For me, that taste of Shabbat, of Beloved Community, often comes when I can join with fellow-searchers in exploring Torah together. Finding in it new insights, seeds sown deep underground by those who ten generations ago, a hundred generations ago, struggled, explored, their own world –— inner and outer.  Sometimes it’s music. Song. Chanting, breathing in unison.

Sometimes just dozing, snuggling, in bed. Thanking the God, the woman poet, and the ancient Rabbis who wove the Song of Songs into the Holiest of Holies.

And as I reach out to the community –- you-all!  — with whom I share these electrons to converse, there comes to me a desire to ask you-all for a birthday gift.

First: the “birthday gift” I would most hope from each and all of you is setting aside two hours a week in your own lives to address that crisis — whether it’s making your own purchases of electricity from wind instead of coal and asking your congregation to do the same, or it’s moving your money from a bank that invests in Big Oil to one that invests in your own neighborhood, or it’s writing a letter to your Congressmember supporting EPA’s effort to restrict CO2 emissions from coal power plants, or it’s bringing together  a group of friends and congregants who will BOTH plan what to do if a new and worse Superstorm Sandy hits AND march upon a local coal power plant that is spewing asthma into the local neighborhood as well as CO2 into the global neighborhood  — it all helps!

Both resistance and resilience — it all helps.

And secondly, remember to re-member your own life. To bring together the fragmented “members” of your life by rhythmically turning inward to Shmini Atzeret, to letting seed go underground in quiet, the mysterious seed you may not yourself yet understand from the fruitful actions you’ve been taking.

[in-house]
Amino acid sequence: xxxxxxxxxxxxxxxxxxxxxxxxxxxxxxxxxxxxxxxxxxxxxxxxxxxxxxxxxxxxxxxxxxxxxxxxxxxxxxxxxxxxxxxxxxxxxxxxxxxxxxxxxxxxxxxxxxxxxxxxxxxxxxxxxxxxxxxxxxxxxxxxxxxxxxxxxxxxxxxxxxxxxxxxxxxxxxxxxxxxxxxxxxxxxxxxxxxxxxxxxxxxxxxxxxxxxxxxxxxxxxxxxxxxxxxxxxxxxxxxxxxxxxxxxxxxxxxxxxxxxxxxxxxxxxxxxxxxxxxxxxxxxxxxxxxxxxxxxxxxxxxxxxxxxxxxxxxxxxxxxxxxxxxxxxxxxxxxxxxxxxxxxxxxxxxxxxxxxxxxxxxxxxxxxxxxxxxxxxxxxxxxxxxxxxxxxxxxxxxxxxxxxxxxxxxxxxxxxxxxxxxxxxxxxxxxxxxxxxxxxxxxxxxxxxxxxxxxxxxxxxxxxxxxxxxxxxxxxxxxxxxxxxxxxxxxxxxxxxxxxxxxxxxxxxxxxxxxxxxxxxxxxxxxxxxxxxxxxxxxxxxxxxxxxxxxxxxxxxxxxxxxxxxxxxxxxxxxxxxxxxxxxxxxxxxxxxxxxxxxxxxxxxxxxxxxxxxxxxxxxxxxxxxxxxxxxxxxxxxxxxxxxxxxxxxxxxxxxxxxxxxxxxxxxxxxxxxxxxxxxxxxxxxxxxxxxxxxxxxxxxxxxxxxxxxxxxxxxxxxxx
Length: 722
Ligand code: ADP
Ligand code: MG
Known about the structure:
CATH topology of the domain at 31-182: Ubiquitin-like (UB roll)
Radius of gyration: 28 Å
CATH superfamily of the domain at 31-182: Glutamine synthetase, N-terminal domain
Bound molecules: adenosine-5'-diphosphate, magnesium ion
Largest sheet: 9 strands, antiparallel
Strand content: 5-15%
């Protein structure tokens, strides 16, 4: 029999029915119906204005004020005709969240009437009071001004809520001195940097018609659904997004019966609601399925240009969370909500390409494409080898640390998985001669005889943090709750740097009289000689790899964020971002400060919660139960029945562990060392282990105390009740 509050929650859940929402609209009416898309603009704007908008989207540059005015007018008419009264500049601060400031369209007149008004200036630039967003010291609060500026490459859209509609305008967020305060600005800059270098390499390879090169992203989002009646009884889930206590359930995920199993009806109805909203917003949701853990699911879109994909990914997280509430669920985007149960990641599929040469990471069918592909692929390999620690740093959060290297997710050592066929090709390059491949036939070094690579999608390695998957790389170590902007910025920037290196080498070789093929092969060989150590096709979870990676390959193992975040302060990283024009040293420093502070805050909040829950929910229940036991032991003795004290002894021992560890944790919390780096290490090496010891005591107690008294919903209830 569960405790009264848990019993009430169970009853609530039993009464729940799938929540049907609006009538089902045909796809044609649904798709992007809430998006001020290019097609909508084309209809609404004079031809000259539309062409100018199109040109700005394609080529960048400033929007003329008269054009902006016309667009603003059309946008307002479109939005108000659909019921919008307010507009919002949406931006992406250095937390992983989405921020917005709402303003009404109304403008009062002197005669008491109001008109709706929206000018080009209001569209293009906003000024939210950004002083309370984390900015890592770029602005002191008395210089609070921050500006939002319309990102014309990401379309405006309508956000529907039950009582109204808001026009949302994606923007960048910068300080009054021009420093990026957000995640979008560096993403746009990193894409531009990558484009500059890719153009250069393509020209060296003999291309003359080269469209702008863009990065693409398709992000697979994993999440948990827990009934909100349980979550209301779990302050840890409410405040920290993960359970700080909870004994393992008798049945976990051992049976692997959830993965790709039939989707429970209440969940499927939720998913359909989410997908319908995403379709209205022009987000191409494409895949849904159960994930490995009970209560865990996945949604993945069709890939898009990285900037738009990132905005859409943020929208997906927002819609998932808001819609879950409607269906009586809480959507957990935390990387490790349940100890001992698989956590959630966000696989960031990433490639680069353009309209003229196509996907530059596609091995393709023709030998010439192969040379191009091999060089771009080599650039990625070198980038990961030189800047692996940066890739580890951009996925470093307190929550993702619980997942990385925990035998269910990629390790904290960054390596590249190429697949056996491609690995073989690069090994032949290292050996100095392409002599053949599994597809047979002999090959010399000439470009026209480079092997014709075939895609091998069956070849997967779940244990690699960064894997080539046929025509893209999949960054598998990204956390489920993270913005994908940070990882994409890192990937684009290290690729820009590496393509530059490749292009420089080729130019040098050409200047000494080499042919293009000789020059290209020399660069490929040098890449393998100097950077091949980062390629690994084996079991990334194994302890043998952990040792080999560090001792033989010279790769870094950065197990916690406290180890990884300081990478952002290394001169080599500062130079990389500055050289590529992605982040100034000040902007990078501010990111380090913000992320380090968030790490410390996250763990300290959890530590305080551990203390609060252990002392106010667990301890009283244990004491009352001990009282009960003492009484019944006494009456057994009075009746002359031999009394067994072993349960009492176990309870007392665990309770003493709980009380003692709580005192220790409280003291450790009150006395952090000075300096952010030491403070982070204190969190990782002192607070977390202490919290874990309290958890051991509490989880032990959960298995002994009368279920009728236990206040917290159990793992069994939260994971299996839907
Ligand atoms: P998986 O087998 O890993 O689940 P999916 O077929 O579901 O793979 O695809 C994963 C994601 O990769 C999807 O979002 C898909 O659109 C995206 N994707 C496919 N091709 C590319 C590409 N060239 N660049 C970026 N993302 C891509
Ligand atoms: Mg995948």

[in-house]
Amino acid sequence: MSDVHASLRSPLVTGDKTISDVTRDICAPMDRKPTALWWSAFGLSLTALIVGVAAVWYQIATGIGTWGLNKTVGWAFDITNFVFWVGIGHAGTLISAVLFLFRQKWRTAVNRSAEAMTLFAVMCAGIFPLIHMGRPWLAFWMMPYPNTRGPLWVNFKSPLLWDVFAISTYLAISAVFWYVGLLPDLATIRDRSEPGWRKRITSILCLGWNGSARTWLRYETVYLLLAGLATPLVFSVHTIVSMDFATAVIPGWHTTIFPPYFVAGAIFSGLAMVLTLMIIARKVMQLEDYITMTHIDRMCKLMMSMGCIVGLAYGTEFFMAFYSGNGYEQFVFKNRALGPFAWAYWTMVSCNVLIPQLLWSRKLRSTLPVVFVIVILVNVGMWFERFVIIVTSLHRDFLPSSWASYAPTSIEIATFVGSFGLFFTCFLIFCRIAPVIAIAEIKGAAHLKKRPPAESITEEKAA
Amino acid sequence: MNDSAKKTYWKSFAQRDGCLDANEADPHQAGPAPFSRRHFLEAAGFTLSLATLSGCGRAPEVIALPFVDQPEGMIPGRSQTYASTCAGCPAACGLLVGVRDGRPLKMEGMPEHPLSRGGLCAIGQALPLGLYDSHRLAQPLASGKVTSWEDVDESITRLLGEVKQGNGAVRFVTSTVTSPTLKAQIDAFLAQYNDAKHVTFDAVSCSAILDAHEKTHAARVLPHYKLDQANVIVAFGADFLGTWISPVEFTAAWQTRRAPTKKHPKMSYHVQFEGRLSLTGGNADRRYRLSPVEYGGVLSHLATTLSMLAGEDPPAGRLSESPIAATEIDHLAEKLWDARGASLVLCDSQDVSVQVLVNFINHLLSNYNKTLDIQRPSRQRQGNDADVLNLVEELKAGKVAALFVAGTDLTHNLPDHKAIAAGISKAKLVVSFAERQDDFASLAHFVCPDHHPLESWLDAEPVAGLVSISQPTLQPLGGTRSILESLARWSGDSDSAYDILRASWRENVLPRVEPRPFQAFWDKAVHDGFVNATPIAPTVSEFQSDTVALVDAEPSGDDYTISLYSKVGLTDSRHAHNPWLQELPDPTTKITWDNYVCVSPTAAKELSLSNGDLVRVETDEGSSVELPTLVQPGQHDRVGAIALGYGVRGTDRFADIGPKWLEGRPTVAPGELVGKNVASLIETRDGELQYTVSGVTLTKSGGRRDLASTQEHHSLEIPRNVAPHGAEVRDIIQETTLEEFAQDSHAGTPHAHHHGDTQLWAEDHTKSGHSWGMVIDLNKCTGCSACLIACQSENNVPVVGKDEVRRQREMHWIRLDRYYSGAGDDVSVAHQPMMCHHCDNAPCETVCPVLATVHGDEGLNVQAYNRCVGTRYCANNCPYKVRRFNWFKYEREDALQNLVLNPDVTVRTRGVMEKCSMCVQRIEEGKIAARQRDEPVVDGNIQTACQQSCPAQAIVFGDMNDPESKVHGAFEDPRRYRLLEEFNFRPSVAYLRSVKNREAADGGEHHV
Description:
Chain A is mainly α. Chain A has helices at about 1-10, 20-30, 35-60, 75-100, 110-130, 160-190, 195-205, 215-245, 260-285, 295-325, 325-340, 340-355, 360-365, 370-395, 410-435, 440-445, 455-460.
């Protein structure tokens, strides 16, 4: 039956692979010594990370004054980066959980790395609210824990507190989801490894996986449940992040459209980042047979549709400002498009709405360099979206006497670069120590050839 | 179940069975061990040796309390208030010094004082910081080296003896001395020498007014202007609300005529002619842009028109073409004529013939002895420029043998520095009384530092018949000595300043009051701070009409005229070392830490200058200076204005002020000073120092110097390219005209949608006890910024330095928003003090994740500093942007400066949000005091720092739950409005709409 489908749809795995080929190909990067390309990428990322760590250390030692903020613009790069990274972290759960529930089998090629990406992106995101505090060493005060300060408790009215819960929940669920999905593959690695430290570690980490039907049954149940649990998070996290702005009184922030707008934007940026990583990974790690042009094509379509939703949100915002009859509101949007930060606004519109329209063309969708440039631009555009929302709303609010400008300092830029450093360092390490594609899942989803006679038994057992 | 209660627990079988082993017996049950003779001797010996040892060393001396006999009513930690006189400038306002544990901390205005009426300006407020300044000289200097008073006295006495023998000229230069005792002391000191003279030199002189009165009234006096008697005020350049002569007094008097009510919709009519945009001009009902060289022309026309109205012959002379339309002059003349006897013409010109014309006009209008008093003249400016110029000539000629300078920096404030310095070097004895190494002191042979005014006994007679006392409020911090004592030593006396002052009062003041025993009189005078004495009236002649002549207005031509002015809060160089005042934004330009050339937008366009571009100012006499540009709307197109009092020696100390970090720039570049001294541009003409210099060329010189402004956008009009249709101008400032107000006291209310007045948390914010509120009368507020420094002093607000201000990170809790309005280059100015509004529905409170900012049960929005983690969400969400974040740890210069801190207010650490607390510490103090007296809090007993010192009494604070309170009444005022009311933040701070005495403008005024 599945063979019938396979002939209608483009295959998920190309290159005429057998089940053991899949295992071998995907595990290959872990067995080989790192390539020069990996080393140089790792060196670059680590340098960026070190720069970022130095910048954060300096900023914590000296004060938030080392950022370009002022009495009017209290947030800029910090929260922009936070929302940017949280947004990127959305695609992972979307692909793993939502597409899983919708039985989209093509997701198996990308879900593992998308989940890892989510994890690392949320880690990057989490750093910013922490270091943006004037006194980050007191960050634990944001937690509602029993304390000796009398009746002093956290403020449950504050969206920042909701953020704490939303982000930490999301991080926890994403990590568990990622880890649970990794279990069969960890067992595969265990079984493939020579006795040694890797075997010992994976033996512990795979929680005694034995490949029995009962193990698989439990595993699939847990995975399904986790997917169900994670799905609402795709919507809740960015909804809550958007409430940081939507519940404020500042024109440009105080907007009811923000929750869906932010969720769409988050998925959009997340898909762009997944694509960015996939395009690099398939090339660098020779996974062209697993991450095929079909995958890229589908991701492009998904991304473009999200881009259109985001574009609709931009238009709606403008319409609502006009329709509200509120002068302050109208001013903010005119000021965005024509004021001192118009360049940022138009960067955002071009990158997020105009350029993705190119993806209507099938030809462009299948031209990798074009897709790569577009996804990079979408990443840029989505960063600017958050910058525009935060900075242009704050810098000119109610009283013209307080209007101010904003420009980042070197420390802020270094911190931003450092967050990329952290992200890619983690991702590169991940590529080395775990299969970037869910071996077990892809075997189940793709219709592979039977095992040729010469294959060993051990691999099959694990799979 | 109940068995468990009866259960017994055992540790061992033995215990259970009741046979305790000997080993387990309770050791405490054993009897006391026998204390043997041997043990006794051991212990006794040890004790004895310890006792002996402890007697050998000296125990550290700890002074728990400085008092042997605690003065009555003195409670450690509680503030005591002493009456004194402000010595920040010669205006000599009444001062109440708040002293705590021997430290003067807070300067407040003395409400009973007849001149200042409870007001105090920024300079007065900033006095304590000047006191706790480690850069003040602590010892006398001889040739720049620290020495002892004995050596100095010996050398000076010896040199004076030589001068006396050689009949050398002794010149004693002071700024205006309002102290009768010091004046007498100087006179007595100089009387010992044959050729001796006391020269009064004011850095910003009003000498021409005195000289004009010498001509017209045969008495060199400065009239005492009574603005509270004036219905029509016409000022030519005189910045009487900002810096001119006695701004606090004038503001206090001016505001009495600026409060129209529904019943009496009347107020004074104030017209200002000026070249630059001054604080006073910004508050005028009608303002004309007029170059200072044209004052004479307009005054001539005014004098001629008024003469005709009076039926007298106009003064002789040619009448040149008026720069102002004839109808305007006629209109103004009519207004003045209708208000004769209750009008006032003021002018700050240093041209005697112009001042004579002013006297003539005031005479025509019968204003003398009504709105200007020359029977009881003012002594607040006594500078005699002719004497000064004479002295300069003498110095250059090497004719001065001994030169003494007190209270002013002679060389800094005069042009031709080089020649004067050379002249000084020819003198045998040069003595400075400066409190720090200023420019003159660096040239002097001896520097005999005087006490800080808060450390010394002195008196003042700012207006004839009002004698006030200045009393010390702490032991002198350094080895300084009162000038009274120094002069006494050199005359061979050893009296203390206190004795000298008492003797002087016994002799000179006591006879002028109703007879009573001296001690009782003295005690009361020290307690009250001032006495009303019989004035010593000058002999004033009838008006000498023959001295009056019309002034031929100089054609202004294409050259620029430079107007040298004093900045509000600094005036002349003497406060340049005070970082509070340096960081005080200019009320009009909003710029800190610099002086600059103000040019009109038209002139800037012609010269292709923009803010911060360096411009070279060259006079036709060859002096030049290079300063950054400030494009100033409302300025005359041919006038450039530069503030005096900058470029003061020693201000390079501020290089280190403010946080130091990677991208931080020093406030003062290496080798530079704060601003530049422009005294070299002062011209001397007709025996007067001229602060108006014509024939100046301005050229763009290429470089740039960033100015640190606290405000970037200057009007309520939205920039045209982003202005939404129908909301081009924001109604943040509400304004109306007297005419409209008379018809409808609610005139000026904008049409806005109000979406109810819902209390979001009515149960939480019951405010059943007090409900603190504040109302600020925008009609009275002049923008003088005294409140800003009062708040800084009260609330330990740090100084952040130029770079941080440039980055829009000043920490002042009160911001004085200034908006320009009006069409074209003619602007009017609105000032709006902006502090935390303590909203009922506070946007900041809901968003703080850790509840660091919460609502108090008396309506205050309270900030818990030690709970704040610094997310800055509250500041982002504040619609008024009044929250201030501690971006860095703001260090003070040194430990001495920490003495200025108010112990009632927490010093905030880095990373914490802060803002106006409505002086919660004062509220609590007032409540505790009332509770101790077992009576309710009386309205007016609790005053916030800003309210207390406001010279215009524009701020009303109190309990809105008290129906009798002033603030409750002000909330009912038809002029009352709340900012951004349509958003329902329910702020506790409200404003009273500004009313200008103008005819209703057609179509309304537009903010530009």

Even if you are a passionate activist who knows full well that the great Pharaohs of Big Oil, Big Coal, take no Sabbath from their deadly work  — do not imitate them. To grow a menshlich world, a communal world, a joyful world – it is necessary to be a mensch, to sow the seeds of community and joy.

Much less important, but still strongly helpful, would be a gift  –-  maybe $81? — to The Shalom Center. That number, my mathematical stepson reminds me, is the square of 9. So choose a multiple of 9 –—  $81, or $36, or $180, or even just $9 itself   — to help us keep breathing the Breath of Life into our country, our planet, ourselves.

Many many thanks to you-all, and a great deal of love from me, your
birthday boy — — Arthur

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1 Comment

Addressing the crisis

Rabbi Waskow said,
"First: the “birthday gift” I would most hope from each and all of you is setting aside two hours a week in your own lives to address that crisis — whether it’s making your own purchases of electricity from wind instead of coal and asking your congregation to do the same, or it’s moving your money from a bank that invests in Big Oil to one that invests in your own neighborhood, or it’s writing a letter to your Congressmember supporting EPA’s effort to restrict CO2 emissions from coal power plants, or it’s bringing together a group of friends and congregants who will BOTH plan what to do if a new and worse Superstorm Sandy hits AND march upon a local coal power plant that is spewing asthma into the local neighborhood as well as CO2 into the global neighborhood — it all helps!"

What if there were a more effective way to address the crisis, one that does not rely on senators, representatives, or CEOs doing the right thing? A way that we each have to power to accomplish?

There is! The consumption of animal products gives rise to 51 percent of greenhouse gases, more than all energy production and transportation. The production of one pound of beef uses 2.500 gallons of water, way more than we can save by taking shorter showers and changing our lawns to native plants. The lungs of our earth, the rainforests, are being cut down to graze cattle. Find the movie Cowspiracy (it is available online), watch it, and then see what you think is the best way to heal our planet. (I have no connection with the movie.)